@article{osti_20944784,
title = {Prostate volume contouring: A 3D analysis of segmentation using 3DTRUS, CT, and MR},
author = {Smith, Wendy L. and Lewis, Craig and Bauman, Glenn and Rodrigues, George and D'Souza, David and Ash, Robert and Ho, Derek and Venkatesan, Varagur and Downey, Donal and Fenster, Aaron},
abstractNote = {Purpose: This study evaluated the reproducibility and modality differences of prostate contouring after brachytherapy implant using three-dimensional (3D) transrectal ultrasound (3DTRUS), T2-weighted magnetic resonance (MR), and computed tomography (CT) imaging. Methods and Materials: Seven blinded observers contoured 10 patients' prostates, 30 day postimplant, on 3DTRUS, MR, and CT images to assess interobserver variability. Randomized images were contoured twice by each observer. We analyzed length and volume measurements and performed a 3D analysis of intra- and intermodality variation. Results: Average volume ratios were 1.16 for CT/MR, 0.90 for 3DTRUS/MR, and 1.30 for CT/3DTRUS. Overall contouring variability was largest for CT and similar for MR and 3DTRUS. The greatest variability of CT contours occurred at the posterior and anterior portions of the midgland. On MR, overall variability was smaller, with a maximum in the anterior region. On 3DTRUS, high variability occurred in anterior regions of the apex and base, whereas the prostate-rectum interface had the smallest variability. The shape of the prostate on MR was rounder, with the base and apex of similar size, whereas CT contours had broad, flat bases narrowing toward the apex. The average percent of surface area that was significantly different (95% confidence interval) for CT/MR was 4.1%; 3DTRUS/MR, 10.7%; and CT/3DTRUS, 6.3%. The larger variability of CT measurements made significant differences more difficult to detect. Conclusions: The contouring of prostates on CT, MR, and 3DTRUS results in systematic differences in the locations of and variability in prostate boundary definition between modalities. MR and 3DTRUS display the smallest variability and the closest correspondence.},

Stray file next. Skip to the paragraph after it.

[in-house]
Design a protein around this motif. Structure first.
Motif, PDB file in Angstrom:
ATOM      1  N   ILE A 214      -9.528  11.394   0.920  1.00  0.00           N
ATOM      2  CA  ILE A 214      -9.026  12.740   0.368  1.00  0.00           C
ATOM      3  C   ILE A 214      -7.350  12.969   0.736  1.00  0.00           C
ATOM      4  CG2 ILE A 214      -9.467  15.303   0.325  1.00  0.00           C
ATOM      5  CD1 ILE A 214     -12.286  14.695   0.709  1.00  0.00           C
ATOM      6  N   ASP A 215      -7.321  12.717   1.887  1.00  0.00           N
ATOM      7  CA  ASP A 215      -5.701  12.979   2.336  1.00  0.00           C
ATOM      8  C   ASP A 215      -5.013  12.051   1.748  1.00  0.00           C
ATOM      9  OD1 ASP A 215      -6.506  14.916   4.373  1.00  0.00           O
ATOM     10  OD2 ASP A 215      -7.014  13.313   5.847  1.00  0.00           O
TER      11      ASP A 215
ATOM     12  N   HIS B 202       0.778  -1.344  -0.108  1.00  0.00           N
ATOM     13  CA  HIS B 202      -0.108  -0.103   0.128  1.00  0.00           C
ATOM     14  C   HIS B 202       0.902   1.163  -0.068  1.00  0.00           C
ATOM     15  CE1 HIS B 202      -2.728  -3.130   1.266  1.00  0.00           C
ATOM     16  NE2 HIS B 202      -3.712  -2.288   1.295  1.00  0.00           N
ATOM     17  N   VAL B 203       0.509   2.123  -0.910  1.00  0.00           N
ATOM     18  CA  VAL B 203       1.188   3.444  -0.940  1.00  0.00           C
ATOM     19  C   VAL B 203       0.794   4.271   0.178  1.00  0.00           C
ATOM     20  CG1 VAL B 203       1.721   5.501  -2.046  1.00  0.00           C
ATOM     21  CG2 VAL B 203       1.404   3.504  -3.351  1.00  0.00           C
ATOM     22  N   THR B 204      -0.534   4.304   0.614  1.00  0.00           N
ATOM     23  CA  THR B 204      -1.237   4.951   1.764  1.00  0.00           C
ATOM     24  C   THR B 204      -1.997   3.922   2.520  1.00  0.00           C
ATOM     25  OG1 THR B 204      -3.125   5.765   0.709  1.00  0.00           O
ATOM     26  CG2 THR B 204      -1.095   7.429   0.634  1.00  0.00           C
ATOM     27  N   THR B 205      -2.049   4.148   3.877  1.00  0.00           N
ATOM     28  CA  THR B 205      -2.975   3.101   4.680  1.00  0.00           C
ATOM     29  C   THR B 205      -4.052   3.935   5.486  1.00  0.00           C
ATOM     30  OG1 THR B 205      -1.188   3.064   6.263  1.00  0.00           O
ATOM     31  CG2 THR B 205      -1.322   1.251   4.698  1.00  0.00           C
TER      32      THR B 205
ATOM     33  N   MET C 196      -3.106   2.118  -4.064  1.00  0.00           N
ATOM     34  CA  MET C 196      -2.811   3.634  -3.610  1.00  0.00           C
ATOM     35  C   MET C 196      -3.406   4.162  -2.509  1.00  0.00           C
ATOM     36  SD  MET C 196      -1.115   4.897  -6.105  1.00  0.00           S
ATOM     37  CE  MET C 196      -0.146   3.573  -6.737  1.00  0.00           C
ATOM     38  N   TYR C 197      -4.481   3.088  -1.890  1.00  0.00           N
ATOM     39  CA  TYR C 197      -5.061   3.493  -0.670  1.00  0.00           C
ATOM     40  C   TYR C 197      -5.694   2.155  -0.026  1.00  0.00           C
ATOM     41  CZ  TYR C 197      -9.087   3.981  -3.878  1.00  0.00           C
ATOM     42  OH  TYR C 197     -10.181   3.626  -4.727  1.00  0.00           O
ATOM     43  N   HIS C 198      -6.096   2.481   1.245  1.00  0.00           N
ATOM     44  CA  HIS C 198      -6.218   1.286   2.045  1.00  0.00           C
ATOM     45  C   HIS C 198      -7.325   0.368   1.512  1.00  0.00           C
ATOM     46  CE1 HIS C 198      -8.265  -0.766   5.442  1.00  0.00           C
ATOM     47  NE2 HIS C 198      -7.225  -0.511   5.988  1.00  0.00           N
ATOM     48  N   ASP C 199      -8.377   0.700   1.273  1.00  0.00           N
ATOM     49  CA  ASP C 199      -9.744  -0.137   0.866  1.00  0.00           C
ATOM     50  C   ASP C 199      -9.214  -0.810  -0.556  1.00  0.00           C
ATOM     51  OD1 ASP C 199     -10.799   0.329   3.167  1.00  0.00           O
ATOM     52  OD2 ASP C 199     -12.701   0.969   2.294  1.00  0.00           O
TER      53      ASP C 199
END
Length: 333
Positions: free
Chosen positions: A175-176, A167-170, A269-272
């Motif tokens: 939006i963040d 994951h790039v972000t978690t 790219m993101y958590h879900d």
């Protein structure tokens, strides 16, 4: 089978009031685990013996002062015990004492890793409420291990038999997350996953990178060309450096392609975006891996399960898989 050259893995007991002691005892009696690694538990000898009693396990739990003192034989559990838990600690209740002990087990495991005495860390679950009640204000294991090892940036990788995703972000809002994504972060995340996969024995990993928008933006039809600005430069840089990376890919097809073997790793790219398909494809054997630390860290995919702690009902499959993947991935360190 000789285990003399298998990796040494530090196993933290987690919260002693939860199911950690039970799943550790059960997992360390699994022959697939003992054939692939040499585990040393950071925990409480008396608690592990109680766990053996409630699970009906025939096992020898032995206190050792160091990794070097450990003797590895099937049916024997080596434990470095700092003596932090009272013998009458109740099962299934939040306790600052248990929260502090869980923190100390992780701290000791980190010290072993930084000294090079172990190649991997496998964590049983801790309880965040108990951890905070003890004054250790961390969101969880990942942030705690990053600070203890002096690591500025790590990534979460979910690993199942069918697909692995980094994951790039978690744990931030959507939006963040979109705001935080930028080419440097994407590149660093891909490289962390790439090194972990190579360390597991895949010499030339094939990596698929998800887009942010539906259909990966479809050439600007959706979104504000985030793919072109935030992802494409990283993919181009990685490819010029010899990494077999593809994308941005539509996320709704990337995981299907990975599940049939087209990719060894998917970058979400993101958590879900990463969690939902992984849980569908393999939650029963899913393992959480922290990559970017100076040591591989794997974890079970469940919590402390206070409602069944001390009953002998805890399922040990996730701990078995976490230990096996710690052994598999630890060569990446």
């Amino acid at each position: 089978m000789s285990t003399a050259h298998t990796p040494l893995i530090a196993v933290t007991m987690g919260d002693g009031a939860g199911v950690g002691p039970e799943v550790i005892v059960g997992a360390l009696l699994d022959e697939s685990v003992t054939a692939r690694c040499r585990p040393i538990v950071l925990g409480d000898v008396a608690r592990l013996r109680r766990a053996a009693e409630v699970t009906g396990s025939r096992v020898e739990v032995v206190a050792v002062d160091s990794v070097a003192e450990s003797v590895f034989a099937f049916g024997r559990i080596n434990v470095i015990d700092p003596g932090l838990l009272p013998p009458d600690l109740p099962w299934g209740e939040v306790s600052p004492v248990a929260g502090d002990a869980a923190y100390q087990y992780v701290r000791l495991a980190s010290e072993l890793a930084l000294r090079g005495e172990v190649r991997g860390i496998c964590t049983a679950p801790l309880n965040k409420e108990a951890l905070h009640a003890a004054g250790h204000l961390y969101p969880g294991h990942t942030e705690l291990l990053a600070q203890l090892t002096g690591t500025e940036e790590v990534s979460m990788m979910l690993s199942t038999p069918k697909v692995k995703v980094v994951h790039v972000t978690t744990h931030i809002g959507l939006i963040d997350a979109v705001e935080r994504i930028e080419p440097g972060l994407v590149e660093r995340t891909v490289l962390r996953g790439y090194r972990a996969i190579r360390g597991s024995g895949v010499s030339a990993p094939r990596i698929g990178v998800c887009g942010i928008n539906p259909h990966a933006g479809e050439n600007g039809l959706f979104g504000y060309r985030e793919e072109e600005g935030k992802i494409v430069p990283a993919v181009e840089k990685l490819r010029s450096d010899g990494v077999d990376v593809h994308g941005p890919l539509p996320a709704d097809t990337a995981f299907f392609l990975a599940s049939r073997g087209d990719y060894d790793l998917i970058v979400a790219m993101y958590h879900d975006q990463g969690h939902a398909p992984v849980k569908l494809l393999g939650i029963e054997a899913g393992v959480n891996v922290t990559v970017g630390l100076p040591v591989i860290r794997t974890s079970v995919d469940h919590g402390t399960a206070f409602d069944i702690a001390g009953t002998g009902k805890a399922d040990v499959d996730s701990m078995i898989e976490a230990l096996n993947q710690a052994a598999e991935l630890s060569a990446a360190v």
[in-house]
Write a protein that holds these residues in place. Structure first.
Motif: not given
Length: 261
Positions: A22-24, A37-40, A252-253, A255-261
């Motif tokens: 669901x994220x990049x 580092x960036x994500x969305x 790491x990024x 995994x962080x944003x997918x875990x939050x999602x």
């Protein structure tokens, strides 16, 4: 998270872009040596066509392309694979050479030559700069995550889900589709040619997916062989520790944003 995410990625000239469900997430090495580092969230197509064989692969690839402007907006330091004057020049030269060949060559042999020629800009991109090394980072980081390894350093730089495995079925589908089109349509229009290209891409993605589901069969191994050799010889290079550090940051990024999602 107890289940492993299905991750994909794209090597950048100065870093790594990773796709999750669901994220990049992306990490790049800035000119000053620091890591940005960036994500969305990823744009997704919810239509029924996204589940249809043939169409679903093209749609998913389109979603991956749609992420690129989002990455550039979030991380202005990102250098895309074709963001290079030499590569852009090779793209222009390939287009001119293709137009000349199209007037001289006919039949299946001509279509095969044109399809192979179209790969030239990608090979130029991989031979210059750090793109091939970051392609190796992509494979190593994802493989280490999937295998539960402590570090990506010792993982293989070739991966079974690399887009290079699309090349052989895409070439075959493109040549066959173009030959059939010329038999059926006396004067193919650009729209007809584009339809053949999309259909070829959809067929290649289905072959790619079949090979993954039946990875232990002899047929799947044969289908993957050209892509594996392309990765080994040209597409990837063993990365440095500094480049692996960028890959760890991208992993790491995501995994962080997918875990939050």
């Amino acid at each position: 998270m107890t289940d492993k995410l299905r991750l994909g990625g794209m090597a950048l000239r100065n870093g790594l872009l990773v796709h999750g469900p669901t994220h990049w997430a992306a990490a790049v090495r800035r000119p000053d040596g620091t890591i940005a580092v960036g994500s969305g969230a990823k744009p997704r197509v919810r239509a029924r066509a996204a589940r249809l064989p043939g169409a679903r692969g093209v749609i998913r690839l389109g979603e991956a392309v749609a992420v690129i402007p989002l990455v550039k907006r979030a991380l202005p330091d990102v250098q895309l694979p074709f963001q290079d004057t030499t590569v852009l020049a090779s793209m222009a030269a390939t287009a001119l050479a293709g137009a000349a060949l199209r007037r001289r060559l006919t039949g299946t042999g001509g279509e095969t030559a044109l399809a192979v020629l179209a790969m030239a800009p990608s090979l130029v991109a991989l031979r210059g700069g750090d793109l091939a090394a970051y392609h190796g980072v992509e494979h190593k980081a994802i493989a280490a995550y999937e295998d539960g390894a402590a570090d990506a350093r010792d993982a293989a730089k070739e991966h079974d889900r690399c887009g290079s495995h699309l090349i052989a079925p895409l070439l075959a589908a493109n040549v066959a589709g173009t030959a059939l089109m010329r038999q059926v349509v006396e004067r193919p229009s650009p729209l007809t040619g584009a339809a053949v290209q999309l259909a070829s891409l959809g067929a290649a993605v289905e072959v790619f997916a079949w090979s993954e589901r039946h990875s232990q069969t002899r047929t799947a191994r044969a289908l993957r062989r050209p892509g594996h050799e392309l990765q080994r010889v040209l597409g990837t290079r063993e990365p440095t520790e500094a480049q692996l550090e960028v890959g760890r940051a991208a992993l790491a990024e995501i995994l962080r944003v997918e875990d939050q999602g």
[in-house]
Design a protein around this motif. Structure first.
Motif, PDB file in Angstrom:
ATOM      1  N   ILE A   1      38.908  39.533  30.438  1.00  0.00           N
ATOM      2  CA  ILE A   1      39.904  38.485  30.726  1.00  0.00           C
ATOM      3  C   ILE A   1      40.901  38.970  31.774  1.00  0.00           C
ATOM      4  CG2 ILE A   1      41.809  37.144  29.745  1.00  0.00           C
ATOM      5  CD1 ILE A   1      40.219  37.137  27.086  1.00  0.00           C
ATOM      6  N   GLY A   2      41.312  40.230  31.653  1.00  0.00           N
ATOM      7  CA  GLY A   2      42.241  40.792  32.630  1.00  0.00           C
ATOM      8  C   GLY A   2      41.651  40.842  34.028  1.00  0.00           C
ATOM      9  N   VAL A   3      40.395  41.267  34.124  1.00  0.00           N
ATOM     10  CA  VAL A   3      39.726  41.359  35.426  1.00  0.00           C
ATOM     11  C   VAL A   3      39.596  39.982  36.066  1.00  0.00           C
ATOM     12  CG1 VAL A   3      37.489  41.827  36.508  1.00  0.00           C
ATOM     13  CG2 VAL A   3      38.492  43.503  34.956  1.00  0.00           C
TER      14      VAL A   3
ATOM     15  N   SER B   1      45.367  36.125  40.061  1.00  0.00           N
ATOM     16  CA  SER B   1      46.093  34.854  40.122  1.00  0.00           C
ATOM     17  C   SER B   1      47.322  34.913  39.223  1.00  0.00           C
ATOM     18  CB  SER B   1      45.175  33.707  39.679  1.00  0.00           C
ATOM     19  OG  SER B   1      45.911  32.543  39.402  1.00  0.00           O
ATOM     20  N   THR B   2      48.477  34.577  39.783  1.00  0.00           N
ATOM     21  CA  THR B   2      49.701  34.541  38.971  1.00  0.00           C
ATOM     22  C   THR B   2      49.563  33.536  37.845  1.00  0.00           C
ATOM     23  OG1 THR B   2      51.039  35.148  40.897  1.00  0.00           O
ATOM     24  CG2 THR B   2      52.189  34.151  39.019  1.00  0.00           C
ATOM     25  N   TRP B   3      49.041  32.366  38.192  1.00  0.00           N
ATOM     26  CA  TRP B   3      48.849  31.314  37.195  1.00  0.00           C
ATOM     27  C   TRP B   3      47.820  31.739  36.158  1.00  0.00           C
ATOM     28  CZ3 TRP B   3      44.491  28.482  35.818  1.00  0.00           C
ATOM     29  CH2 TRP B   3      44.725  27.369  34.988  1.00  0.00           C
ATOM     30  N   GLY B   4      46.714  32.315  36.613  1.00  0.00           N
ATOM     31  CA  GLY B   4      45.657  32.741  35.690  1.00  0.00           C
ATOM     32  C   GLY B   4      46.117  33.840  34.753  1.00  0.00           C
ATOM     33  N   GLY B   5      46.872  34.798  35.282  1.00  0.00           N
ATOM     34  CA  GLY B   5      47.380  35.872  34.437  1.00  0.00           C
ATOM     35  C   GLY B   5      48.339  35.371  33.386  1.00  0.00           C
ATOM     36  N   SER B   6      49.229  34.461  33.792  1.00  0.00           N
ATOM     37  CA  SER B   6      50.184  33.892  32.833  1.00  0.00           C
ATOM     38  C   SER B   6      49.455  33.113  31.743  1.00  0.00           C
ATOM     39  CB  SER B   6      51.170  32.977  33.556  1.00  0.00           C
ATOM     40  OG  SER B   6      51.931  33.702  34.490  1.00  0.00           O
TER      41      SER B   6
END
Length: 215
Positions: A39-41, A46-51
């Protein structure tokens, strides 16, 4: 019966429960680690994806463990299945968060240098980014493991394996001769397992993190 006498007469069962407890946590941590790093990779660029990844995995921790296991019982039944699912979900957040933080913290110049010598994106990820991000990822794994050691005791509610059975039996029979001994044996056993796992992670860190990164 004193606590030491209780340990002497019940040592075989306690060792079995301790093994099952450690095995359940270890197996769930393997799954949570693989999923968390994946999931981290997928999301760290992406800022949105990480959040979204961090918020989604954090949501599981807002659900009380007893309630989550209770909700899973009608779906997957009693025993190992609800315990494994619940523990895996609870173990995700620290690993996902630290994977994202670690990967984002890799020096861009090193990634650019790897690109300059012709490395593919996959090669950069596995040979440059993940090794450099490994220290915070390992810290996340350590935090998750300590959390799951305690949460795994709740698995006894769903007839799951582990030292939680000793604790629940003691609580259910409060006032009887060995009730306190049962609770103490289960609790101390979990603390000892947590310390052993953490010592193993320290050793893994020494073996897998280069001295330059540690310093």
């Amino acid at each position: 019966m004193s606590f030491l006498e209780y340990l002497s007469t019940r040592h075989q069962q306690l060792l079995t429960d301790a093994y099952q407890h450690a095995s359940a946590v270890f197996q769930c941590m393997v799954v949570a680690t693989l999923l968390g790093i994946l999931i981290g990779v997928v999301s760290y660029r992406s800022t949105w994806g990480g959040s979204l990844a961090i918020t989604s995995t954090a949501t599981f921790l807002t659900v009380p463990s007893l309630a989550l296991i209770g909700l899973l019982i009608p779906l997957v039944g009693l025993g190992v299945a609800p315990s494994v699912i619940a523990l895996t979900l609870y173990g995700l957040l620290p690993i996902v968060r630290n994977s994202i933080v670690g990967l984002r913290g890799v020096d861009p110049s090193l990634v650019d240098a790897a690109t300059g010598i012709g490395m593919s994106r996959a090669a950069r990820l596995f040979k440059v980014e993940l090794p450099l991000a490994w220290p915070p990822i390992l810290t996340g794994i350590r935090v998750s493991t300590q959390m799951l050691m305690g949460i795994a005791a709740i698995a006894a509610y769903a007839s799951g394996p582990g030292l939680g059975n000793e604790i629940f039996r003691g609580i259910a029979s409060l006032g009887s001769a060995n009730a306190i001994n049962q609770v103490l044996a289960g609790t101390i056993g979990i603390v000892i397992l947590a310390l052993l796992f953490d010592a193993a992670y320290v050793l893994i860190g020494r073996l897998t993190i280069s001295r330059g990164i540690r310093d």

doi = {10.1016/j.ijrobp.2006.11.027},
journal = {International Journal of Radiation Oncology, Biology and Physics},
number = 4,
volume = 67,
place = {United States},
year = {Thu Mar 15 00:00:00 EDT 2007},
month = {Thu Mar 15 00:00:00 EDT 2007}
}